“Wait, I swear I know that! - you say. - Give me a second, the world is spinning on the tongue ... It starts with K? Or C? " You feel that you are about to remember, but for some reason, it does not succeed. This phenomenon of something spinning on the tongue is also known as letologica. Why is this happening?
Letology is unpleasant, but useful
Research has shown that this phenomenon is universal, and most languages use the same metaphor to describe this feeling. 90% of the world's inhabitants, speaking different languages, admit that they encounter this phenomenon when it seems to them that at this particular moment they cannot remember something. The phenomenon is universal in terms of age: both young and old people suffer from letology. But bilingual people, as it turned out, most often encounter it when they speak a less dominant language.
According to psychologists Bennett Schwartz and Janet Metcalfe, letology can be thought of as a metacognitive process that signals that a person has difficulty remembering - as opposed to no recall at all. Sometimes it's obvious that you just don't know the answer to a question. But when you feel that something is spinning on the tongue, the mind says: we must know this.
Thus, letology can play an adaptive role in memory formation and learning. If you are constantly trying to remember a certain word, this is a sign that the information is not being stored properly in your memory. Some researchers believe that these difficulties may be associated with implicit learning, when we learn information by chance, without realizing that we have perceived it. So what should you do when faced with letology?
How to manage the state when the memory "spins on the tongue"
Many people try to combat this, thinking that then they will better remember information for the future. However, it may not be worth doing this.
Cognitive psychologist Karin Humphries of McMaster University in Canada is studying the phenomenon of "spinning on the tongue." She conducted a study in which volunteers were shown questions and asked to note whether they knew the answer, did not know, or it was on the tongue. People had ten or thirty seconds to find a word before being shown the answer. The experiment was carried out again two days later.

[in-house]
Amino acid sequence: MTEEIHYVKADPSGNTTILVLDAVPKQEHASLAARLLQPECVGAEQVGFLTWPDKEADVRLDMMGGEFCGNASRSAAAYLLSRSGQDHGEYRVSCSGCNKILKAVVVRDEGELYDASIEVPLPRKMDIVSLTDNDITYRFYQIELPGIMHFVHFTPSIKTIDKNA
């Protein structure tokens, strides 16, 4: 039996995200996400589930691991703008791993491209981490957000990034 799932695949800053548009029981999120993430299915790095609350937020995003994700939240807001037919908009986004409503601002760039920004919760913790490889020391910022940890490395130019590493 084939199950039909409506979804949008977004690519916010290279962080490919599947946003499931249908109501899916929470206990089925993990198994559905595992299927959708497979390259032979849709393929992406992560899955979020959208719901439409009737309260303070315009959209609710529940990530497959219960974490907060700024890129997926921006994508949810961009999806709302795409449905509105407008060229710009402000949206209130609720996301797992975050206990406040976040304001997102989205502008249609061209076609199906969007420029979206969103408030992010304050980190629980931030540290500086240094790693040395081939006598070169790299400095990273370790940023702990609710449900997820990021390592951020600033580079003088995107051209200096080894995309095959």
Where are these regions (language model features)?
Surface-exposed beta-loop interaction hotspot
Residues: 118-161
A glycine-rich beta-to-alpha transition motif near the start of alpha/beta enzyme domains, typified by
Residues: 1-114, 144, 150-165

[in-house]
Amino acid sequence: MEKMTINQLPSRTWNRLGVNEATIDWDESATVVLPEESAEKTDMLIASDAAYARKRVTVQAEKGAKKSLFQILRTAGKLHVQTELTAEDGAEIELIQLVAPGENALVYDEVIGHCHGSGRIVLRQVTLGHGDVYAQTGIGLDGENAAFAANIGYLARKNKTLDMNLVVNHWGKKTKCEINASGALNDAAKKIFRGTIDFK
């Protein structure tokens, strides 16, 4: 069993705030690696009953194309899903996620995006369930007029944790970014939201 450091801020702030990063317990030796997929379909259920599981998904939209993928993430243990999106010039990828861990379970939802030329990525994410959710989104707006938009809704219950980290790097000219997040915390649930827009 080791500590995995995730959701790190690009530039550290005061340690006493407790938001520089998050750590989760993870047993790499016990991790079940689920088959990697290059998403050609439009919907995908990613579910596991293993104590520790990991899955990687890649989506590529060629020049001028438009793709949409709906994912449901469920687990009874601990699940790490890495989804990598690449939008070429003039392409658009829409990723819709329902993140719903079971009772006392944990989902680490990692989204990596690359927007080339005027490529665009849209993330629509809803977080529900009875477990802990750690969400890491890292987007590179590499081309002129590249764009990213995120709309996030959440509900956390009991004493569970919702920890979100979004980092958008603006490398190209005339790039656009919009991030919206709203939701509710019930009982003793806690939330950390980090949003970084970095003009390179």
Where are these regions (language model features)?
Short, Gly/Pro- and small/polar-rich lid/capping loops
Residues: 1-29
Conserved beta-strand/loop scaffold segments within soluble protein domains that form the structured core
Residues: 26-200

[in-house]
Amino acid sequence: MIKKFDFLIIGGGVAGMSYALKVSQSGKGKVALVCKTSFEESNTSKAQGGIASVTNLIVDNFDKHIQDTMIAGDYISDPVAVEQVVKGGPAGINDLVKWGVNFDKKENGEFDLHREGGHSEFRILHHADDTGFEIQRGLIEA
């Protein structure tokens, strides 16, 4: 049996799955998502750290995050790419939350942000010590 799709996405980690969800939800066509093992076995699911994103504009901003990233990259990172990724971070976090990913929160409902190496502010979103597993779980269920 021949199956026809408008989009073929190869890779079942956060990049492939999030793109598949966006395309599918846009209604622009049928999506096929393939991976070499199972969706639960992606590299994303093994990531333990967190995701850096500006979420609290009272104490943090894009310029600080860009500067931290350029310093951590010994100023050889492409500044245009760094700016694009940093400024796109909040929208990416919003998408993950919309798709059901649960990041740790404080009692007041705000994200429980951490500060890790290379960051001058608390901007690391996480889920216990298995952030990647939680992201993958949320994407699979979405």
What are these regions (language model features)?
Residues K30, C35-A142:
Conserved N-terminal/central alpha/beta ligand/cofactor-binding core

The results were surprising: “The longer they stayed on the tongue on the first day, the more often they said“ on the tongue ”with that word on the second day, says Humphrey. The extra time people spend trying to fetch a word from their memory is what researchers call flawed training. Instead of remembering the correct word, people focus on the mistake. "
False training is a concept that many sports coaches are familiar with: when players train incorrectly, they actually learn to make mistakes. Music teachers sometimes pay attention to students who claim to practice hard, but paradoxically, it only gets worse over time. This is because athletes or musicians keep repeating the same mistakes instead of using targeted practice. “It seems that simply identifying the correct answer is not enough to overcome erroneous behavior. It is critical to deliberately assess why the previous answer was wrong and get immediate feedback, ”Humphrey writes.
Her research and recommendations are essential for learning and education. The next time you experience the "spinning on the tongue" state, do not try to retrieve information from memory. Instead, just find the right answer. Then repeat it several times or write it down to make it easier to remember. This will help you learn the correct word and not waste time and energy on the wrong training.
And if you experience letology because of information that doesn't really matter to you, just leave it as it is. Our memory is far from perfect, but most of its shortcomings are associated with the selection of the most useful information.